By Jim Morris
There was something a little different about Penny Oleksiak at the recent Olympic Swimming Trials, Presented by Bell.
It wasn’t just what Oleksiak did in the water. It was the smile she was flashing and the little bit of swagger she carried.
Oleksiak was a 16-year-old teenager when she grabbed a nation’s attention by winning four medals at the Rio 2016 Olympic Games, including gold in the 100-metre freestyle. Now, she’s a 21-year-old woman confident in herself and comfortable with the expectations placed on her heading into this month’s Tokyo Games.
“After Rio I had a really big high,” said Oleksiak. “It was super fun to swim, go to meets, be kind of known in the swim community. After that there was a lot of pressure behind my name and behind the 100-m free. It really wasn’t really enjoyable for me, no time was really good enough for me.
“Now I’m back in the mindset where I have confidence again. I’m excited to swim again. I love training now. Before I didn’t love training as much.”
Oleksiak won the 100 free at the trials in 52.89 seconds, her fastest time in the event since setting the Canadian and Olympic record of 52.70 in Rio. It was also the fourth-fastest women’s 100-m this year.
Later, on her Instagram account, Oleksiak posted “count me out again.”
“It just gave me a massive boost of confidence I’ve been searching for,” said Oleksiak. “To come (to the trials) not fully tapered and have that competitive edge again, and have those girls race against me and really just push me, gave me that confidence for Tokyo.”
Oleksiak also finished second in the 200-m freestyle behind teenager Summer McIntosh.
Ben Titley, Oleksiak’s coach at the High Performance Centre – Ontario, said it’s common for teenaged swimmers to get tossed about on waves of change.
“Most kids go through that in relative anonymity, just get on, make mistakes and no one cares. Someone like Penny had to go through that, not necessarily in the public eye, but certainly from her perspective with an expectation or weight on top of it.”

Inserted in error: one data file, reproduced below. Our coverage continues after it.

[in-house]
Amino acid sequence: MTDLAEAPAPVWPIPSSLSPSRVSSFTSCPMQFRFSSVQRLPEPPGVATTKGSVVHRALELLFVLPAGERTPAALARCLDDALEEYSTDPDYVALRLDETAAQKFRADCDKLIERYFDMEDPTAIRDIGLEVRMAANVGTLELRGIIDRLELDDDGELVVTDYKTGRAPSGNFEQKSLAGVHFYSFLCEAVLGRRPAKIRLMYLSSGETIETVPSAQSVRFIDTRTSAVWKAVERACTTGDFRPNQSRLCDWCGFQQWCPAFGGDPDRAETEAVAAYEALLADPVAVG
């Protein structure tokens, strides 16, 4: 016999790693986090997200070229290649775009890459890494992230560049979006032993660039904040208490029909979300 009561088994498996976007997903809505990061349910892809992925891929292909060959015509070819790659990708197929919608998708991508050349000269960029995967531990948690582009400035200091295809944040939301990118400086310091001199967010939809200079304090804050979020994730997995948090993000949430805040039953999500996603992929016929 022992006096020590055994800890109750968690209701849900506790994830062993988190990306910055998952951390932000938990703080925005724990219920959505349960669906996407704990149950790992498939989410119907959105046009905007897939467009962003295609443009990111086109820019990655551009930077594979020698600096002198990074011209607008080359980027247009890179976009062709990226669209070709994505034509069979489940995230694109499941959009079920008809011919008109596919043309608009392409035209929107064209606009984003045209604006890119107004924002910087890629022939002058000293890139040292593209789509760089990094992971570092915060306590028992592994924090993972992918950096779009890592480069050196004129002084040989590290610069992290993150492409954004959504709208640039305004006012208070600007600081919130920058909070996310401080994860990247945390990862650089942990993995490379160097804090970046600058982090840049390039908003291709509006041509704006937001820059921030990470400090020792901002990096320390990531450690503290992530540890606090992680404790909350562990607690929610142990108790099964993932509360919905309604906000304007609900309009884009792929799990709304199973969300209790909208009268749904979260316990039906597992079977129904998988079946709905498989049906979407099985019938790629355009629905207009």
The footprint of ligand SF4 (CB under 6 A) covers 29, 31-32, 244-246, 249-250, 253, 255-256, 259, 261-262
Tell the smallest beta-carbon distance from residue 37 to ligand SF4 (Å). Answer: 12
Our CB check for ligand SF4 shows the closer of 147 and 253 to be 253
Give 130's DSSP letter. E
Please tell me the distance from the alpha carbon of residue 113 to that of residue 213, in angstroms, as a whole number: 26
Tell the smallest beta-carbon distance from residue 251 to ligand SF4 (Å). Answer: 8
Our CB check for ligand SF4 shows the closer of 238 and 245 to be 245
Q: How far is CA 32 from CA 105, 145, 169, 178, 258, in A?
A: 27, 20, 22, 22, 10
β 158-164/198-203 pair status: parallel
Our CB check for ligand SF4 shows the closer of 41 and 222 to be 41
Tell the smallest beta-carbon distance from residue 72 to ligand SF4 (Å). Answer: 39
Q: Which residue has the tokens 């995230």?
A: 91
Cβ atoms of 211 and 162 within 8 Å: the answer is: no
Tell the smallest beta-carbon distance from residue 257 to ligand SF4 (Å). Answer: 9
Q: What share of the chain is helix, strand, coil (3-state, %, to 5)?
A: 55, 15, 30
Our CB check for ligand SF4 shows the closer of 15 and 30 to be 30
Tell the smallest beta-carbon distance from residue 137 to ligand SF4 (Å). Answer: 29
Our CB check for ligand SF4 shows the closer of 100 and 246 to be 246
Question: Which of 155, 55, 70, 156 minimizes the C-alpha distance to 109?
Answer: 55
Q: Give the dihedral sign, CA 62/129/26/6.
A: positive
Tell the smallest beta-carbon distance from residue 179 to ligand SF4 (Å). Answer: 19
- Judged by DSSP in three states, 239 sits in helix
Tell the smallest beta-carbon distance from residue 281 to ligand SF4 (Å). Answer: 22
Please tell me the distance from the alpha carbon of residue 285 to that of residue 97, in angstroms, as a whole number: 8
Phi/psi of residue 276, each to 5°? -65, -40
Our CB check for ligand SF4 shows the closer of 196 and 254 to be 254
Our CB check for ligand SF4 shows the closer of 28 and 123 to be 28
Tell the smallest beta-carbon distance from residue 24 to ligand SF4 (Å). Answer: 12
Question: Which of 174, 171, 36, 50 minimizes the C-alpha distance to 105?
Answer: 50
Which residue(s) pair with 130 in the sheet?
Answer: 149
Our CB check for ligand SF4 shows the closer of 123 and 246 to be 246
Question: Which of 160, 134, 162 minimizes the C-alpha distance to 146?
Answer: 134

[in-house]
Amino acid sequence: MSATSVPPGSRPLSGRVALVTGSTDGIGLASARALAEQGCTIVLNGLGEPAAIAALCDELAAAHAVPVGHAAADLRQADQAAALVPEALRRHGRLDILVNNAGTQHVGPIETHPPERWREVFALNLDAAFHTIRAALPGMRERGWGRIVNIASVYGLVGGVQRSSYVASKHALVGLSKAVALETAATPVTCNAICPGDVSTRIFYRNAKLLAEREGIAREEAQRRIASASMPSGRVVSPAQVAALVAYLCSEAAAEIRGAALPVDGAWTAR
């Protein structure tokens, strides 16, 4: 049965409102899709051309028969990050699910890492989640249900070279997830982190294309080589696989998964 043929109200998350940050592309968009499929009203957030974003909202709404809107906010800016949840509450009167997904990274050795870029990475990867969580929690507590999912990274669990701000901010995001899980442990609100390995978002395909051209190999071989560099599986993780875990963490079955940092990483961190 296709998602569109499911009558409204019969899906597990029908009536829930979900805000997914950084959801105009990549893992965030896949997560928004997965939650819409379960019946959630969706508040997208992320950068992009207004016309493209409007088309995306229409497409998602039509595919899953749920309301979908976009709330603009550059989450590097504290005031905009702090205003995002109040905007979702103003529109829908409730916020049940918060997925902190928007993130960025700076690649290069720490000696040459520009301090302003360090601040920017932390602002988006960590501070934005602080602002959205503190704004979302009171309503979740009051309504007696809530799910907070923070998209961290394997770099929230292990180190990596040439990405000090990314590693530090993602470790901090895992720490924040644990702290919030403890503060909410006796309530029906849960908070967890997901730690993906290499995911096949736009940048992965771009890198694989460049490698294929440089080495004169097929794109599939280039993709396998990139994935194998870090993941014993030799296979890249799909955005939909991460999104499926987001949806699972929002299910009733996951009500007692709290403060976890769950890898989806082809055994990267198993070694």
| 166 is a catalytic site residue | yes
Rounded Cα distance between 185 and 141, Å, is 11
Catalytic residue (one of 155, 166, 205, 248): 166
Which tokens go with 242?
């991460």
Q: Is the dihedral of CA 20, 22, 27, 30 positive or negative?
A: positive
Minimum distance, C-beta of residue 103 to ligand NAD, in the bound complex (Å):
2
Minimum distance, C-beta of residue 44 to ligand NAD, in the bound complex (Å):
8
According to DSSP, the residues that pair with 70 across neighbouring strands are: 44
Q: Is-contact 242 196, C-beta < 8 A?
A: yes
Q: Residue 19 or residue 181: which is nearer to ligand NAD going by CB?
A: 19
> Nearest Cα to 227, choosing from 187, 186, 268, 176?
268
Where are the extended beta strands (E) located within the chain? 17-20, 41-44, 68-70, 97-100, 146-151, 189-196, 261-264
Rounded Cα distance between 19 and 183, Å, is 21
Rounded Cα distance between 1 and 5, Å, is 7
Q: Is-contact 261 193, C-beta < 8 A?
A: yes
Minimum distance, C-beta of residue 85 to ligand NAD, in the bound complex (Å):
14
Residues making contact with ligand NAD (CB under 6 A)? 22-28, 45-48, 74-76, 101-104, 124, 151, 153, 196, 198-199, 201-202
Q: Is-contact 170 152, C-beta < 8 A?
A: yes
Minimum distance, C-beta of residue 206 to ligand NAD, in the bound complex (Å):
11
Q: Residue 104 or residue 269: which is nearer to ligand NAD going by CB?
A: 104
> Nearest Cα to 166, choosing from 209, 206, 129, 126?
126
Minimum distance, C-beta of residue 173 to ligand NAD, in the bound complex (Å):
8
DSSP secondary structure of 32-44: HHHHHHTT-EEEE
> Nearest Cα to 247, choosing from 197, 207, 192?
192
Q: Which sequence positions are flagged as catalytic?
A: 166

Besides the gold in Rio, Oleksiak won silver in the 100-m butterfly and two bronze as the anchor of the 4×100-m and 4×200-m freestyle relays.
Selected as Team Canada’s flag bearer for the Olympic closing ceremonies, Oleksiak went on to be named winner of the 2016 Lou Marsh Award, presented to Canada’s top athlete of the year, and Canadian Press Female Athlete of the Year. The previously unknown teenager received Twitter shoutouts from celebrities like Drake, was invited to throw out the first pitch for a Blue Jays game, speak at WE Day among myriad other opportunities.
What looked like a smooth road ahead turned bumpy as Oleksiak struggled to meet the high expectations produced by her Olympic performance.
She won a combined five bronze medals at the 2017 and 2019 FINA World Championships, all in relays. In 2018 Oleksiak qualified for the Swimming Canada team heading to the Pan Pacific Championships in Tokyo but decided to withdraw from the competition. She made the decision, along with Swimming Canada’s high performance leadership team, believing a break would help her focus on training for the Olympics.
Except for a 100-m freestyle bronze at the 2016 FINA World Swimming Championships (25-m), Oleksiak has not stood on the podium in an individual event at a major international competition since Rio.
Oleksiak can’t change the past but can control her future.
“I’ve learned a lot in the last five years,” she said. “I’ve seen other swimmers and people I train with come and go. It’s really nice to have learned from them and put into action what I have been taught.
“It’s more natural for me than it was then. I was always following somebody and seeing what they were doing. Now it’s fun to talk to other girls and help the other swimmers out, just get everyone else as ready as I was then.”
Titley likes where Oleksiak is physically and mentally.
“She’s coming out the other side a more centred human being,” he said. “She’s started to figure out who she is and what makes her happy and take some more ownership.”
Proving how difficult the sport can be, Simone Manuel, who tied with Oleksiak for the gold in Rio, failed to advance to the finals of the 100-m free at the U.S. Olympic trials.
One big unknown for Oleksiak – and most Canadian swimmers – is the lack of recent racing opportunities since COVID-19 closed pools and cancelled meets.
“It’s going to be a challenge for us the rest of the world hasn’t had to face,” said Titley.
“Penny has the ability to swim best times. If her best times gets her in the mix for whatever it is she wants to get, then we’re in a good spot.”
There has been a lot of noise around Oleksiak since she burst onto the international stage five years ago. She heads to Tokyo happy to have found a quiet place.
“I think going into Tokyo I’ve really been focused on trying to get back into the mindset that I was in before Rio,” she said. “I was very chilled out, didn’t really have any expectations. I was just having fun and swimming.
“I think I’m back to that mindset now. It’s fun for me to out, get ready and race.”